Mound Key Boat Trip Fun and Educational

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A Three-Hour Tour!

Mention a 3-hour boat tour and generations instantly flash upon the fateful trip of Gilligan & the Skipper, Ginger & Mary Ann, Thurston & Lovey, The Professor & The Minnow! When the historic Mound House and the Estero Bay Express II pontoon boat join forces, however, they make their 3-hour tour to the Mound House and Mound Key a fun, educational, and memorably-positive experience!

As our group of 15 on the “Boat Tour to Mound Key” cruised out of Fish-Tale Marina on Wednesday afternoon, October 4, onboard the 40-foot Sunsetter boat expertly operated by Captain Justin and ably assisted by Captain Robert, Mound House education coordinator Penny Jarrett related the history of the Calusa Indians, the first inhabitants of what would become Fort Myers Beach over 2,000 years ago.

“’Calusa’ in Spanish mean ‘fierce’ because they were intense warriors. They eventually intermarried with Cubans or were taken as slaves and today are extinct. They were, however, the dominant tribe from Charlotte Harbor to Marco Island, and since two of their most important communities were on the mound of the Mound House and at Mound Key, these have a great deal of parallel history. Both are on manmade mounds composed primarily of seashells, with the Mound House 14 feet above sea level, and Mound Key 31 feet, the highest elevation in Lee County.”

educational boat trip, mound key, fort myers beachWhile listening to Calusa history, we look for wildlife, as Captain Justin explained, “There is a good chance we may experience dolphins, stingrays, sea turtles and manatees.” As if on cue, roughly 15 bottlenose dolphins surround the boat, to the joy of all onboard! Dolphins would be our constant companions, especially when Captain Justin opened it up a little, with a half-dozen leaping in and out of the water while playing in our wake.

“The Estero Bay and Gulf of Mexico are havens for wildlife,” Penny related, “with over 300 fish, 200 birds and 50 mammals.” We witness pelicans, herons, egrets and cormorants, along with tens of thousands of red, black and white mangrove trees that dominate the estuary islands, where the brackish water from the Caloosahatchee River meets the salt water of The Gulf of Mexico.

Calm Seas & Navy Men

Despite wind that produced a chop, it was a beautiful day on the water, with mostly-clear skies. The tour even had an interactive aspect, when we were in the non-wake zones and wave water splashed all over us. Captain Robert reminded all that “calm seas never made a Navy man!”

When we arrived at the Mound House, we toured its underground exhibit that shows how the Calusa constructed the mound, before enjoying a presentation by Education Coordinator Dexter Norris on Calusa tools and weapons. Unfortunately, we had to cut our Mound Key tour short, due to numerous downed trees from Hurricane Irma that made its only trail impassable.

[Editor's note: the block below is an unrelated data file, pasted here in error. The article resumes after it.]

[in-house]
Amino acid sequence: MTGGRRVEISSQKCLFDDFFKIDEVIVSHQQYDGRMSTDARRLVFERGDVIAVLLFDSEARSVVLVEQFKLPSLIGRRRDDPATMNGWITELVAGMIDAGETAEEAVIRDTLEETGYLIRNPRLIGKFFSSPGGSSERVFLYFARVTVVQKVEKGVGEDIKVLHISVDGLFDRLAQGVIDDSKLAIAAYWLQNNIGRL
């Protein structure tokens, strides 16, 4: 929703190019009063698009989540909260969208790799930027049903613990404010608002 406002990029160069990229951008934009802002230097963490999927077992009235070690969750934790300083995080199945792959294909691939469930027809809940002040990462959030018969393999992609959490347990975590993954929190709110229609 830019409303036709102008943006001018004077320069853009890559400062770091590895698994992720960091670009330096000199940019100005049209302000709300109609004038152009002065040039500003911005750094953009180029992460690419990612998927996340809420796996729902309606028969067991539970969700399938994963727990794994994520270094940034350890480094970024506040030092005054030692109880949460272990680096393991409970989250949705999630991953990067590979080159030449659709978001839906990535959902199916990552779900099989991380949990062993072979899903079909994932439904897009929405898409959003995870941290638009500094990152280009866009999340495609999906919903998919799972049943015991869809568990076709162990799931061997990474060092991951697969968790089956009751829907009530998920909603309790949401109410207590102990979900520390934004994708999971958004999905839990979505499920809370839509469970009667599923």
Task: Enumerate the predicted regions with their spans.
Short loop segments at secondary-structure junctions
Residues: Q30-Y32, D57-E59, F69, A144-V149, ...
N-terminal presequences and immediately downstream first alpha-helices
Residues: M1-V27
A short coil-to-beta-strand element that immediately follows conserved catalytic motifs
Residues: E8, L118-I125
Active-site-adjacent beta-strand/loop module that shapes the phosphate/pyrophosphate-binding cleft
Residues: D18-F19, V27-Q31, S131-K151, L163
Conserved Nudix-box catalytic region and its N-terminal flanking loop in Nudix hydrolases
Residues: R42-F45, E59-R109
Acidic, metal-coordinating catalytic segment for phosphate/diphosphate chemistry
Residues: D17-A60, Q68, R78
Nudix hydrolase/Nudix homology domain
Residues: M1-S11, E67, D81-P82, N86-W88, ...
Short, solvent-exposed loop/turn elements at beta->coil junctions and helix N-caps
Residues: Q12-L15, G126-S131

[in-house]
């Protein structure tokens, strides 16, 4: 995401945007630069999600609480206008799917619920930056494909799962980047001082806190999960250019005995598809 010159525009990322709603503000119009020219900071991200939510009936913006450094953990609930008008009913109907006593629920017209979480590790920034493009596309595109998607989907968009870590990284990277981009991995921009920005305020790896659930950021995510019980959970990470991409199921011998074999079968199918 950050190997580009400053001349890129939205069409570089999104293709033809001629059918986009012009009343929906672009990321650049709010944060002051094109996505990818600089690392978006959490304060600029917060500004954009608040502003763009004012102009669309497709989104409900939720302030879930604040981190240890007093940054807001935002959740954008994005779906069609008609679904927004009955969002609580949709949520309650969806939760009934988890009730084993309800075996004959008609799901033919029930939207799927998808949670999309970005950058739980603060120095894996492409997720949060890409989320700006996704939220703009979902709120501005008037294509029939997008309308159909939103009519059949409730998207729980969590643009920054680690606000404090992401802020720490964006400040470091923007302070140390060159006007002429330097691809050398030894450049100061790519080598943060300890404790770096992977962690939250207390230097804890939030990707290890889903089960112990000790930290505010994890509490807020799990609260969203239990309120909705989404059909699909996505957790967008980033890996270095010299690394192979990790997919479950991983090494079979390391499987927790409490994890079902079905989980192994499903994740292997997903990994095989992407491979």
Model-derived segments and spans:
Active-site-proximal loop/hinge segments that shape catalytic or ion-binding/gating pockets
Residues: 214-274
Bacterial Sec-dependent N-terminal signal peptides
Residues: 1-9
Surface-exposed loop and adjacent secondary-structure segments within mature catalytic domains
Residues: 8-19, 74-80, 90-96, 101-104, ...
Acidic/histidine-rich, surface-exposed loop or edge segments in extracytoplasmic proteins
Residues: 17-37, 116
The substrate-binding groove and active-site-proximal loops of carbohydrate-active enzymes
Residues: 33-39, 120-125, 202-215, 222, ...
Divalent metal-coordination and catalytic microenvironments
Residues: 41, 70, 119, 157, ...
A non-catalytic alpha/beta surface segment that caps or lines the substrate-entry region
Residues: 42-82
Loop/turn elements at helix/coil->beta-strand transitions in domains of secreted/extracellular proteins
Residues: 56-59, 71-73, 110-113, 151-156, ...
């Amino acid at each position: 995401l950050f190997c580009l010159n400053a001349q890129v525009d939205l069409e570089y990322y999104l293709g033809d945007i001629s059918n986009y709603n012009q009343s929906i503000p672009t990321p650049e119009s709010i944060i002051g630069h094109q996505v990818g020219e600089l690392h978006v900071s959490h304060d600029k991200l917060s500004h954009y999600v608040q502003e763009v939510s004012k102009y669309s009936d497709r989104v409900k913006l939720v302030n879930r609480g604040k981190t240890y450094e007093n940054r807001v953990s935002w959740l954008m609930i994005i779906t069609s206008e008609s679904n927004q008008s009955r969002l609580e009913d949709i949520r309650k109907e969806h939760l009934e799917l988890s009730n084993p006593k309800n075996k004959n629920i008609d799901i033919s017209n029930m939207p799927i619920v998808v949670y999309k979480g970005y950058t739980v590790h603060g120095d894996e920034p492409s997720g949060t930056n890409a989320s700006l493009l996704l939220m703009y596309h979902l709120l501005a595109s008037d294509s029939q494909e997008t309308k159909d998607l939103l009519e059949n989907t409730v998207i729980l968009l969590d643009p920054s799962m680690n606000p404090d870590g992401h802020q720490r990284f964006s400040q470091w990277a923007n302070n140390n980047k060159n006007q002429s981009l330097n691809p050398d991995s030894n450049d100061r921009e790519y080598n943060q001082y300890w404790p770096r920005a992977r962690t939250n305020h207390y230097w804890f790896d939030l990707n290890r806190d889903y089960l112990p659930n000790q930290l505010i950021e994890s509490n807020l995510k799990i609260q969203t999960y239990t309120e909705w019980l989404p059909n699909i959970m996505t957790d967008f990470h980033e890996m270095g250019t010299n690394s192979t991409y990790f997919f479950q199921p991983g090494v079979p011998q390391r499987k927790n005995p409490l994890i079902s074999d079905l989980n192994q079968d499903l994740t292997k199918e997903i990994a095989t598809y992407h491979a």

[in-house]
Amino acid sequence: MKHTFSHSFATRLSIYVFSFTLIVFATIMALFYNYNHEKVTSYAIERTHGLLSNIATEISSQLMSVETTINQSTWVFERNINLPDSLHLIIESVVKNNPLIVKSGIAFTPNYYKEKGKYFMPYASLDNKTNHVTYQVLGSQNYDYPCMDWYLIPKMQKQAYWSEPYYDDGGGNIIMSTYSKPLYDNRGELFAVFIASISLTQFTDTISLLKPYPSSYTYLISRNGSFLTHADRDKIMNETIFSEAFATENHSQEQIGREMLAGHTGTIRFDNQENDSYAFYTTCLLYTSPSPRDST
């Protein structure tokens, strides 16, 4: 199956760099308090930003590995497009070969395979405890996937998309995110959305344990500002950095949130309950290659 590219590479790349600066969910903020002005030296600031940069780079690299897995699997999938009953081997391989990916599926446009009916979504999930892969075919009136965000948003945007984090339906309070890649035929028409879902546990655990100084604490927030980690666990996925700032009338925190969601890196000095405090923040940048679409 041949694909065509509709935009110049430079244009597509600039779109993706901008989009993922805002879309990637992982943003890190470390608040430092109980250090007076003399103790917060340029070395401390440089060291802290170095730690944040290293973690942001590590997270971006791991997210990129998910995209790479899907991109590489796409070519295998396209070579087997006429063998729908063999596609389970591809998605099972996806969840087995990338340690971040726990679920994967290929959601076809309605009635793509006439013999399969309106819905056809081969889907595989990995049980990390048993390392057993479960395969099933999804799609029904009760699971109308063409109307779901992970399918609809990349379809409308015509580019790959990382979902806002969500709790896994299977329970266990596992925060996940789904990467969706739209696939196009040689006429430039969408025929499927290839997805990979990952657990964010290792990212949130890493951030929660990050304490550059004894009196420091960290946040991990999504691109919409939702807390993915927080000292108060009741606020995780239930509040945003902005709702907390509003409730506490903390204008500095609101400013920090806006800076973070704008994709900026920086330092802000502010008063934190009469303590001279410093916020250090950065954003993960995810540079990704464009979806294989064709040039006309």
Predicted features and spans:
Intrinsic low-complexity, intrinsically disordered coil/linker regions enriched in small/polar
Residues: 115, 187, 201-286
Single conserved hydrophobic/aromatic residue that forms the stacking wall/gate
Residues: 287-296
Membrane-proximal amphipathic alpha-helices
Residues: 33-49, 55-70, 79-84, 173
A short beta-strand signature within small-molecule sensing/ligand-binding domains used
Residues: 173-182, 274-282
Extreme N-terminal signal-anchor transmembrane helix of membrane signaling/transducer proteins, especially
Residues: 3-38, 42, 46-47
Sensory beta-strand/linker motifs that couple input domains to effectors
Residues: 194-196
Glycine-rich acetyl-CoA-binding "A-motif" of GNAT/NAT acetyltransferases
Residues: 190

mound house, fort myers beachDespite this, the “Boat Tour to Mound Key” is a great mix of water, nature, local history, tourism, fun and education. To maximize your enjoyment, bring sunblock, water, sunglasses, camera and bug spray, as well as clothes that can get wet and old shoes that can get wet and muddy on Mound Key. There is a restroom on the boat and at the Mound House, with a cooler onboard for your beverages, but no food service.

“Boat Tours to Mound Key” continue through April 2018, with all trips departing from Fish-Tale Marina in Santini Marina Plaza at 7225 Estero Boulevard. The trip fee is $55-per-person, or $50 for members, and includes Mound House admission. Reserve your spot in advance at 239-765-0865, with cruises available the following dates & times: Sunday, October 15, from 9:30 a.m. to 12:45 p.m.; Friday, November 3, from 12:30 to 3:45 p.m.; Monday, November 13, from 8:30 to 11:45 a.m.; Tuesday, January 30, from 1:30 to 4:45 p.m.; Tuesday, February 13, from 12:30 to 3:45 p.m.; Tuesday, February 27, from 11:45 a.m. to 3 p.m.; Tuesday, March 13, from 12:15 to 3:30 p.m.; Wednesday, March 28, from Noon to 3:15 p.m.; & Tuesday, April 3, from 2 to 5:30 p.m.

The Mound House, Estero Island’s oldest standing structure now owned by the Town of Fort Myers Beach and restored to its 1921 grandeur, is the community’s cultural and environmental learning center. Sitting atop a 2,000-year-old shell mound, it offers over 50 programs in October, including nine new ones. Mound House admission is $10 for ages 13 & up, $8 for students with IDs, $5 ages 6 to 12, and 5 & under free, with Town residents receiving a 50% discount. It is open Tuesdays, Wednesdays, and Saturdays from 9 a.m. to 4 p.m. The Mound House is at 451 Connecticut Street, with additional parking at 216 Connecticut. For information call 239-765-0865 or see www.moundhouse.org.

 

Gary Mooney